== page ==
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FAQs on Marine Diseases 1

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Most infectious disease results from cumulative environmental and/or nutritional insults. Here, a puffer is suffering from "fungal" (mostly bacterial) infection.

Bending fish  6/29/06 Dear Crew What causes spinal bending in fish (lordosis)? I have rainbow trout in a large outdoor pond and they can have bends like boomerangs. Thanks Jon <Such bending can be a result of poor nutrition, infectious disease (e.g. Myxosoma... "Whirling"...), even stray electricity in the water... Other lesser "causes" include aspects of water quality, genetic anomalies. If you intend to consume these fishes, or enter into this body of water, I would have this investigated. Bob Fenner>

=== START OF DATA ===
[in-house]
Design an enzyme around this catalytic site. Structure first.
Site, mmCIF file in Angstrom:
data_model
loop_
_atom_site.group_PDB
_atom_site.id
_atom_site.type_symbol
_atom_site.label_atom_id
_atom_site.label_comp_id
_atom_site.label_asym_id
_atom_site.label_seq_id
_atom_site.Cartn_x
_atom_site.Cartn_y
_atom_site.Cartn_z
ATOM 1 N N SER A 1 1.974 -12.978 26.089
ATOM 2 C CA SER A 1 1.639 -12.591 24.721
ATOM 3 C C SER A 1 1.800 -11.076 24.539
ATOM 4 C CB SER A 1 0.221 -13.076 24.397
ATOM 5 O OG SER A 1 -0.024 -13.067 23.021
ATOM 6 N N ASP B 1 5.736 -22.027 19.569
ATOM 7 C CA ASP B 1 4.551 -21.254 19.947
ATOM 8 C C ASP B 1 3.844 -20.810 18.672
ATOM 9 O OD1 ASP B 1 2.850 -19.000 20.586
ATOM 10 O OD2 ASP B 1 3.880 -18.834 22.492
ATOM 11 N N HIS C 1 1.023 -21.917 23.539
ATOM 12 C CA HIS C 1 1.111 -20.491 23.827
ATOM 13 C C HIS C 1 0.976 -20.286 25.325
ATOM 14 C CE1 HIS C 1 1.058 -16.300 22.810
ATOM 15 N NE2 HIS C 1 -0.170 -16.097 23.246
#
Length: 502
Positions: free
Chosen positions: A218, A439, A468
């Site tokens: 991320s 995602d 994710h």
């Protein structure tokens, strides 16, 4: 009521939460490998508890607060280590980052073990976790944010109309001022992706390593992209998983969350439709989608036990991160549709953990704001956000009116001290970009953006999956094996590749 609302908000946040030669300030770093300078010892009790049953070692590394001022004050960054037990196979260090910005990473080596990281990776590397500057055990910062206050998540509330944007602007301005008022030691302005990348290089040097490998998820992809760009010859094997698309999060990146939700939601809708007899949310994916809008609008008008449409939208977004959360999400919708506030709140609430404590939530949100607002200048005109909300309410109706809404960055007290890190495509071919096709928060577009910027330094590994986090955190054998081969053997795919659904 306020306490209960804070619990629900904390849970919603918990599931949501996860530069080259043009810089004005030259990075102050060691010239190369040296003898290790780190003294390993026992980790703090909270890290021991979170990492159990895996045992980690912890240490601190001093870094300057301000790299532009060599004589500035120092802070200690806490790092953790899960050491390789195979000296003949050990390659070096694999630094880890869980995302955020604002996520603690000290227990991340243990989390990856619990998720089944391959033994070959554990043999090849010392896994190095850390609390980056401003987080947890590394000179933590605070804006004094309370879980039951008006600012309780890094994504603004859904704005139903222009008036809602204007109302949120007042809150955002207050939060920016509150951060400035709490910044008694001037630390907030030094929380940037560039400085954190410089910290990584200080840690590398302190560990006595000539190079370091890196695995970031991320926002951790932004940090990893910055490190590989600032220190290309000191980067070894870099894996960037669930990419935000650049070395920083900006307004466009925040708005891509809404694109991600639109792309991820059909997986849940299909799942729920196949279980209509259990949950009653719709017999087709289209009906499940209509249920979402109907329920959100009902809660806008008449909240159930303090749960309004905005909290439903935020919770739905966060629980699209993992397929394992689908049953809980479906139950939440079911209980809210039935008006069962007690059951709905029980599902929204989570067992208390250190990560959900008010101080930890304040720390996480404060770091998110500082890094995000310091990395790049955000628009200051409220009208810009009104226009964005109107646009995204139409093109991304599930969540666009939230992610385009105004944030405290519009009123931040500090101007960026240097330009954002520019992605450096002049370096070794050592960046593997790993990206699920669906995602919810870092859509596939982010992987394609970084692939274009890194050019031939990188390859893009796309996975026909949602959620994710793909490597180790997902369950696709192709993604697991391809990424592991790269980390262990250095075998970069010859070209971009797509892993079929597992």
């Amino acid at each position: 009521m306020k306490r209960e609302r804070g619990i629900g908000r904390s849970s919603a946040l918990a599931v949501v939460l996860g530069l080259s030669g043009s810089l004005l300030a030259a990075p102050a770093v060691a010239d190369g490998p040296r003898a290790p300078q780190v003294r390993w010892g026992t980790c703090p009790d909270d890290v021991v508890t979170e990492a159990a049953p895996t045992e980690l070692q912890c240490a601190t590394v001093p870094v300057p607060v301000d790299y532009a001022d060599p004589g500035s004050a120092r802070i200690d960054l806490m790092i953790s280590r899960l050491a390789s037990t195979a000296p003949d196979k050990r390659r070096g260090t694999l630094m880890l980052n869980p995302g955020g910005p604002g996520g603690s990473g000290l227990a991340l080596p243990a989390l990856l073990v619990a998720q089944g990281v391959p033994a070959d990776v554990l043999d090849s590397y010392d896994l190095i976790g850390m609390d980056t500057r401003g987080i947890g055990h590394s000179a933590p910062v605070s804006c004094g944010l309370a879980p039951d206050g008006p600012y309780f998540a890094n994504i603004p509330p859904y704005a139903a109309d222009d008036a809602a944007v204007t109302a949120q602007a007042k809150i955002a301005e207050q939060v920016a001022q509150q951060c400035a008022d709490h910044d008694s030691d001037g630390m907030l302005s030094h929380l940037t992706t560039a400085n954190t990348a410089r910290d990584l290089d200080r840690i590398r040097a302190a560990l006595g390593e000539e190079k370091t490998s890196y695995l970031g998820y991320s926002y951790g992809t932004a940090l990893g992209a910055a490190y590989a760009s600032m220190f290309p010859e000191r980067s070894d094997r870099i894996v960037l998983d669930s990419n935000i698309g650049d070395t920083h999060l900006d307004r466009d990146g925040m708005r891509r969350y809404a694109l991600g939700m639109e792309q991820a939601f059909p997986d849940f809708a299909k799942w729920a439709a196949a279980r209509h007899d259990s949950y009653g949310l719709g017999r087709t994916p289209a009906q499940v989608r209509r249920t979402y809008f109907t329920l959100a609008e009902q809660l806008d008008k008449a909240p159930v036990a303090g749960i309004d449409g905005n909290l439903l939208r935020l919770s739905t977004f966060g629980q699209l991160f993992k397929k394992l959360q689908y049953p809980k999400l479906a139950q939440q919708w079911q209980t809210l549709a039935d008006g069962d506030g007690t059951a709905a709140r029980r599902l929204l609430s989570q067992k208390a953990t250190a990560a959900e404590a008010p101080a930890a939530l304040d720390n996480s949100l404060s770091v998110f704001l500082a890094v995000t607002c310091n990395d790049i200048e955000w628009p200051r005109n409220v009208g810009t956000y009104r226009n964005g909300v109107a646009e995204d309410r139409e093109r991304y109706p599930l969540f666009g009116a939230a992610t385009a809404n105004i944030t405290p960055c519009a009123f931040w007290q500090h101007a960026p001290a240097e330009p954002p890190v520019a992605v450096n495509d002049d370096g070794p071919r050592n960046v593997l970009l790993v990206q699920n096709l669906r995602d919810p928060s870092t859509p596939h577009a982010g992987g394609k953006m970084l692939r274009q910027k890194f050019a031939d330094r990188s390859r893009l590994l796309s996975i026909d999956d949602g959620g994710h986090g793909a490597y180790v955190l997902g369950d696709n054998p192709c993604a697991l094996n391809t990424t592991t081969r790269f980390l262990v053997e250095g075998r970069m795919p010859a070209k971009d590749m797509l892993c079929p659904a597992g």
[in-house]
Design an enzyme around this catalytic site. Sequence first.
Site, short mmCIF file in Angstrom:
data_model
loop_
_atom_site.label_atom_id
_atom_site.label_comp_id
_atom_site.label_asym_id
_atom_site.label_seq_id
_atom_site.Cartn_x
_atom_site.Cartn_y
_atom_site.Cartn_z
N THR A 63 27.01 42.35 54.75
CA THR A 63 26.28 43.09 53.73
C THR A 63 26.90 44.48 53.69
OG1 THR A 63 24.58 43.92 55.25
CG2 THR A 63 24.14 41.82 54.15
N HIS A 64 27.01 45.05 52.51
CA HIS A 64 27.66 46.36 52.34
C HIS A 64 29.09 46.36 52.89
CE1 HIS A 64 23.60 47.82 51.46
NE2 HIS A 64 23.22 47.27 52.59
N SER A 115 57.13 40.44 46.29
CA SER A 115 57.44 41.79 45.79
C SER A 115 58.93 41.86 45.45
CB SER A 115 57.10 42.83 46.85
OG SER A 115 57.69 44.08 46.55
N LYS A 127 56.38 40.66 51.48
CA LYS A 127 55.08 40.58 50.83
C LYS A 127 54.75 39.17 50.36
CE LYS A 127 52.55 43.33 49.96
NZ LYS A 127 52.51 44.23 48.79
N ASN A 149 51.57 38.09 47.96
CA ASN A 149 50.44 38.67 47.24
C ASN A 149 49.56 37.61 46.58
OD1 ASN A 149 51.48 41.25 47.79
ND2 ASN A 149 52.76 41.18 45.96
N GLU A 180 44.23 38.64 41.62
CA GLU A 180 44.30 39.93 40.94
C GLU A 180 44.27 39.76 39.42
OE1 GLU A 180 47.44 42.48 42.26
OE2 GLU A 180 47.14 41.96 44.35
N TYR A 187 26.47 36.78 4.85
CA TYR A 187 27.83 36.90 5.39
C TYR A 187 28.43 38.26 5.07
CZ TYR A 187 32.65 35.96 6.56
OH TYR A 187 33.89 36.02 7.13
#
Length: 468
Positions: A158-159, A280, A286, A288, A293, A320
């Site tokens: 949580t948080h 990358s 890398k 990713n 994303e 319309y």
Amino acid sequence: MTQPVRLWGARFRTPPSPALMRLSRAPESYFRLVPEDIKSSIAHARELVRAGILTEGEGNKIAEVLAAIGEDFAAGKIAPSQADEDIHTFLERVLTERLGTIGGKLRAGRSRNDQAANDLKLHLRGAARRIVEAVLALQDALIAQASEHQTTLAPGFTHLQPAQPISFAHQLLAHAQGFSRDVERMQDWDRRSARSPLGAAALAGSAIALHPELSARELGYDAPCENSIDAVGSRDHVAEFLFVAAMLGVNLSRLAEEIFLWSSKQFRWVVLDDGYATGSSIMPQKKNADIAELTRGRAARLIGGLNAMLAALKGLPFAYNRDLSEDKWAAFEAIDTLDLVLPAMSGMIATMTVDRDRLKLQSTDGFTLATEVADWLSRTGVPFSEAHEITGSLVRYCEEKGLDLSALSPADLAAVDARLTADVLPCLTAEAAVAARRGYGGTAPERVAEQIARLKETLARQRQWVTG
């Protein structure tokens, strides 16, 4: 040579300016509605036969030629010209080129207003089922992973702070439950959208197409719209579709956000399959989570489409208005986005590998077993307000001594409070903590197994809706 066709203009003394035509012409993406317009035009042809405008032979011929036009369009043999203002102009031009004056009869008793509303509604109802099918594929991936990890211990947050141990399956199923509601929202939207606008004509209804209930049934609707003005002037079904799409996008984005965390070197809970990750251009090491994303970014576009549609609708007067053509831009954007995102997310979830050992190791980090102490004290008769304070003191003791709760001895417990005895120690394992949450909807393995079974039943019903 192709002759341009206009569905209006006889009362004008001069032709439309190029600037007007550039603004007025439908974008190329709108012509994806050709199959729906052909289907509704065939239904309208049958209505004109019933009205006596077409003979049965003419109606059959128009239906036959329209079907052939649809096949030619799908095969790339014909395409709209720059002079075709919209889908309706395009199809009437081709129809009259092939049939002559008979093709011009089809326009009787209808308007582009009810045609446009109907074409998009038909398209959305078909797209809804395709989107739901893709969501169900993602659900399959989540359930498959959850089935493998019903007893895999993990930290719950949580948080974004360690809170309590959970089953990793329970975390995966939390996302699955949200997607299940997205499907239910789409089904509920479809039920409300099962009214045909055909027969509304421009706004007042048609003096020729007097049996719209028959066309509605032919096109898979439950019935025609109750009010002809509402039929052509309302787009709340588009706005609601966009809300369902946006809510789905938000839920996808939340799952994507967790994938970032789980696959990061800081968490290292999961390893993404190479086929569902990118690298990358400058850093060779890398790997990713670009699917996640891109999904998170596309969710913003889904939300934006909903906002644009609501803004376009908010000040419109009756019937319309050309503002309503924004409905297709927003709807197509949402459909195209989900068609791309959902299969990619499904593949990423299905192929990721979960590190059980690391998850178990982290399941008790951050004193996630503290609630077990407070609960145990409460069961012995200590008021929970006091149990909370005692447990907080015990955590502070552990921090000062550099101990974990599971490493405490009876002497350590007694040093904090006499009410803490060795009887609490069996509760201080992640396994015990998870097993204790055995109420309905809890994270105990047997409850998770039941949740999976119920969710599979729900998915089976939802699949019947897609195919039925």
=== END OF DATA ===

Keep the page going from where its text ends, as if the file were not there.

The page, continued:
Sick fish... Crypt  11/16/05 Good Morning, First I want to thank you for all of your advice up to this point. It has been great!  I knew sooner or later it would happen...............and I guess the only bright side of this event is that I only have (had) 2 fish in the tank. 1 day ago I noticed my Flame Angel acting strange...... staying near the top of the tank, not gazing <Grazing?> like it use to. This am <AM> I found him at the bottom of the tank. He had the dusting of white spots, fins were frayed. I have since move the other fish, (clown) to the QT tank. I'm planning on treating with copper and slowly lowering the salinity from 1.026 down to about 1.015. I'm I on the right track? <You're on one, but not the one I'd take> The main tank values look like this(55 gallons) been up since May. LR with CBS, 1 BTA, Frogspawn, Xenia salinity 1.026 ammonia .25 nitrite 0 nitrate 0 temp 79-82 I just changed out 4 gallons a day ago and have been doing that every week.  Does ick move this fast? <Can, yes> Could it possible marine velvet? <Yes... could even be both> I thought I would have a little more time to catch it? <Mmm, no> My understanding is I don't have to treat the main........but continue doing water changes etc...and wait at least a month before introducing any fish. <...> What about the QT tank? Once (hopefully) my clown looks clean, how do I go about cleaning that tank and how long should I wait until a fish can be QT in that? Thank you once again! <Lay some time aside and read here: http://www.wetwebmedia.com/mardisindex.htm.  Esp. the sections on Cryptocaryon... and soon. Bob Fenner>